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Federal investment needed to spur mining innovation

Sudbury’s Centre for Excellence in Mining Innovation (CEMI) is proposing a program to address the gap between good innovative ideas and finding ways to commercialize them for the mining industry.
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Mining innovation often comes from small and medium-sized enterprises, says Charles Nyabeze, director of business development with Sudbury's Centre for Excellence in Mining Innovation.

Sudbury’s Centre for Excellence in Mining Innovation (CEMI) is proposing a program to address the gap between good innovative ideas and finding ways to commercialize them for the mining industry.

While there is no shortage of good ideas and intellectual property related to mining in Canada, many of those ideas and potential innovations lay dormant and are never adopted by companies, said Charles Nyabeze, director of business development.

The centre is making the case for a new program called the Mining Innovation Commercialization Accelerator (MICA).

“In Canada we can't compete by lowering labour costs,” Nyabeze said. “We can only compete by being more innovative.”

The research and development departments at large mining companies have been shrinking almost across the board, said Nyabeze, because those investments are considered risky and don't immediately improve key performance indicators.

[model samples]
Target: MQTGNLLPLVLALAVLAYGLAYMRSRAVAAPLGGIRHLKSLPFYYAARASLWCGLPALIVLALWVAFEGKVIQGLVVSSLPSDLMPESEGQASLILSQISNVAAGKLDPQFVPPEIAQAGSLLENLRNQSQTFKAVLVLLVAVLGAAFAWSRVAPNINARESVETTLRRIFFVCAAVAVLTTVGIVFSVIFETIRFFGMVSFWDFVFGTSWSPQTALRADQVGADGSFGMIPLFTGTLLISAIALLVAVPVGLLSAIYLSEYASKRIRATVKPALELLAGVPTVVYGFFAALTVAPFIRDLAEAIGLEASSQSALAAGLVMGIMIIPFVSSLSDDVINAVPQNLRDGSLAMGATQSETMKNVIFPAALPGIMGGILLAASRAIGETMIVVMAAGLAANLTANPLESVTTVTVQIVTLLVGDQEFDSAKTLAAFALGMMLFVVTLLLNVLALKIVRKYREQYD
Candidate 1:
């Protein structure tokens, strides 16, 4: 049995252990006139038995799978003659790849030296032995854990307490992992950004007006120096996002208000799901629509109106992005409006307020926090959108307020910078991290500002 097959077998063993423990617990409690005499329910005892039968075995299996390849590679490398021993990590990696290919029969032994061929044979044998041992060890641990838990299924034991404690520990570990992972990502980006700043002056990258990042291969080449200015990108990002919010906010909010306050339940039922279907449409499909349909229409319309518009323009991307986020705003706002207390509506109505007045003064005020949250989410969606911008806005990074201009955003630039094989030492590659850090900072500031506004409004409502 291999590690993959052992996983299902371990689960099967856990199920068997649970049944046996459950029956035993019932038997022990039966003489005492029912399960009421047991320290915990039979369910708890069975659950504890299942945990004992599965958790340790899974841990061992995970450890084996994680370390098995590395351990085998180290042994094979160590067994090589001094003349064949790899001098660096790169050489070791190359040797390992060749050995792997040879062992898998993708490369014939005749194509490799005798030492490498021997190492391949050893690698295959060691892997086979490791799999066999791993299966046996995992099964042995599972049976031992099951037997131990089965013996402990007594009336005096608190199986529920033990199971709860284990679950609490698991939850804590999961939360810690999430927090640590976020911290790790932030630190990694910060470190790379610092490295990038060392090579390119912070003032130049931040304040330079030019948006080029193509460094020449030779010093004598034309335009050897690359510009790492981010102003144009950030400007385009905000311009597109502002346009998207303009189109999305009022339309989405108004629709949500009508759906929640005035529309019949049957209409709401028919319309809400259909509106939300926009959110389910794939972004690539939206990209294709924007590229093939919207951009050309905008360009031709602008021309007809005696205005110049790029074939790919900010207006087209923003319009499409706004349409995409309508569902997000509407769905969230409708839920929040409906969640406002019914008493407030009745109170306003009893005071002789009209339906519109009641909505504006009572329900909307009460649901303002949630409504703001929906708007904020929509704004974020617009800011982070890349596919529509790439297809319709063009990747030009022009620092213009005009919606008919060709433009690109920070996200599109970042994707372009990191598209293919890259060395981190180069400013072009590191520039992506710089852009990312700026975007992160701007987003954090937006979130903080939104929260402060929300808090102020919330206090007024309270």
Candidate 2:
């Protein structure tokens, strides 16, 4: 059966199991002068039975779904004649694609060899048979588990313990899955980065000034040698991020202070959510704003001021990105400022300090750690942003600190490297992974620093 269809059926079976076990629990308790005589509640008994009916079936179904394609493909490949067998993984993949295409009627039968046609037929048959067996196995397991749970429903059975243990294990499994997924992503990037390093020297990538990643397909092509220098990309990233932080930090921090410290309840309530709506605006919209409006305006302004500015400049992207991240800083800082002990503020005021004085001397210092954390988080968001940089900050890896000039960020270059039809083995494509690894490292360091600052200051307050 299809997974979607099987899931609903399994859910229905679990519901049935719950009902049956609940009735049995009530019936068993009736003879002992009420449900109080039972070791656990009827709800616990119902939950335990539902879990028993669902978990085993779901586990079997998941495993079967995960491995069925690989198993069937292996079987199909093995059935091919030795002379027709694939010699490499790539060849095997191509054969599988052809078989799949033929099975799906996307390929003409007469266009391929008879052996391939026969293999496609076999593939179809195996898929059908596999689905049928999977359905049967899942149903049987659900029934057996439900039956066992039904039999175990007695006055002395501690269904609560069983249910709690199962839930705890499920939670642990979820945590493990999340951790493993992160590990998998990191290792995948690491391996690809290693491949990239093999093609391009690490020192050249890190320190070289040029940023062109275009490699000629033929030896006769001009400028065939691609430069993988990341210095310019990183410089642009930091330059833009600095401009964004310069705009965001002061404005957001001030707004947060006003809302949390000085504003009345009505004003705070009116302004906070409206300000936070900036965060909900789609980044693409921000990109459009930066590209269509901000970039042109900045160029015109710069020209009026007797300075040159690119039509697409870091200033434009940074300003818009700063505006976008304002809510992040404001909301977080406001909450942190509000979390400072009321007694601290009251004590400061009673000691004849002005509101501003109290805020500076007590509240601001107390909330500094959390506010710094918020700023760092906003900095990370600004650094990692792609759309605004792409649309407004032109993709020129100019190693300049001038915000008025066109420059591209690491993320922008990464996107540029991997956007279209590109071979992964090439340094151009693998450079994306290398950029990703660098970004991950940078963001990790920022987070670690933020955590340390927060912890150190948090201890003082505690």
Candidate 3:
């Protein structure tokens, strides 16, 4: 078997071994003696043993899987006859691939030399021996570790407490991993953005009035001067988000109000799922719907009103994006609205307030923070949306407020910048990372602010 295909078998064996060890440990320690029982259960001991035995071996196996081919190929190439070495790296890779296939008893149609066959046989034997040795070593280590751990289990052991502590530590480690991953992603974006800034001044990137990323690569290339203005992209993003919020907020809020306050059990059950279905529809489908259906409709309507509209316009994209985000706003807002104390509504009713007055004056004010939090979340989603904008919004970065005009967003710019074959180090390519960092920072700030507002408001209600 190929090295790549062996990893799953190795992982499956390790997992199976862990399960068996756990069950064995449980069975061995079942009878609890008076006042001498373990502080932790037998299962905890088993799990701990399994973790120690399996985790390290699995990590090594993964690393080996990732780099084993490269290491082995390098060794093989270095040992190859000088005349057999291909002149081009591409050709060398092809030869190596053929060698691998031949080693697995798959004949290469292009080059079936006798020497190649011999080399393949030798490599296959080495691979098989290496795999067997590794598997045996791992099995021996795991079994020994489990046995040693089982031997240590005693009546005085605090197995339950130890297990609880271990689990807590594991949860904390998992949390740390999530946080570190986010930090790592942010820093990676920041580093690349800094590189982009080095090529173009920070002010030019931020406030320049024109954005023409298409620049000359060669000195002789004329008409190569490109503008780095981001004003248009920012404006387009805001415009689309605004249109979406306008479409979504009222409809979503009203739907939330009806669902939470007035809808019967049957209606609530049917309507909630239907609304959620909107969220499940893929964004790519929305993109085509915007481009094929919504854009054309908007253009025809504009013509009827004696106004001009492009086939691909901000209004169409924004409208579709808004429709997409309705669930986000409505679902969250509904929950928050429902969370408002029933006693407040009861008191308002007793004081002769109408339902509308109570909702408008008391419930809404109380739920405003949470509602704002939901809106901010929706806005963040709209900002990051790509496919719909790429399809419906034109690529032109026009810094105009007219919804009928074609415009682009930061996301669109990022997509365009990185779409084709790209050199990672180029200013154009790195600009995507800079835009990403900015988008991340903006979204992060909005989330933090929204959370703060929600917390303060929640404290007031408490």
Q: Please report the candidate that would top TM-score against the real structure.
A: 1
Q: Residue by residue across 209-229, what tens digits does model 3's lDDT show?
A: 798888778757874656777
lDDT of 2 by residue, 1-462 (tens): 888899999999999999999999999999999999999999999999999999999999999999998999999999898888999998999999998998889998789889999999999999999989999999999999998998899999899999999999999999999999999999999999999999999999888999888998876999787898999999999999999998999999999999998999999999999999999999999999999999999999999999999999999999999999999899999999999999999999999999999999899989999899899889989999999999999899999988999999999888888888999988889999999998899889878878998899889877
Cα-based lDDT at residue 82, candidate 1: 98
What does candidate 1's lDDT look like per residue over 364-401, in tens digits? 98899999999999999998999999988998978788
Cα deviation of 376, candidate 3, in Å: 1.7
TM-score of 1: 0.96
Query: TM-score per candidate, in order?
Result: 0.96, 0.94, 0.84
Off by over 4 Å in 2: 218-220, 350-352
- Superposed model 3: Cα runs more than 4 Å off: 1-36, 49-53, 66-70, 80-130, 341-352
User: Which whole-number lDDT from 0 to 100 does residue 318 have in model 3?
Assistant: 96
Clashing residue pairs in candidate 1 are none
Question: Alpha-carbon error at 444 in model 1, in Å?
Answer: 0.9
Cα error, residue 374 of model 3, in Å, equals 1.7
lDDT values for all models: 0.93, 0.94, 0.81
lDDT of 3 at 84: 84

Most innovation in the mining sector, he said, comes from small and medium-sized enterprises like Sudbury-based BESTECH and Symboticware.

But many smaller companies struggle bringing their great ideas to market.

University researchers could develop a new and more efficient way to move material underground, but large mining companies might not even know about it, or take a chance testing the innovation.

Nyabeze said the MICA program would help provide equity funding, micro loans and bring advisory services to small and medium-sized enterprises so they can more easily bring their ideas to market.

CEMI has identified a few barriers to bring innovation to market, including the absence of a dedicated national organization with commercialization in mining as its main focus.

In March, the centre is submitting an application to the federal government's Centres of Excellence for Commercialization and Research program in asking to receive up to $15 million over five years to support this program. Private sectors partners would match any federal investment into the program, according to the proposal.

By early February, Nyabeze and his colleagues had reached out 65 potential industry partners to help them make their case to government for financial support. If all goes according his plan, the program would launch in March 2016.

www.miningexcellence.ca




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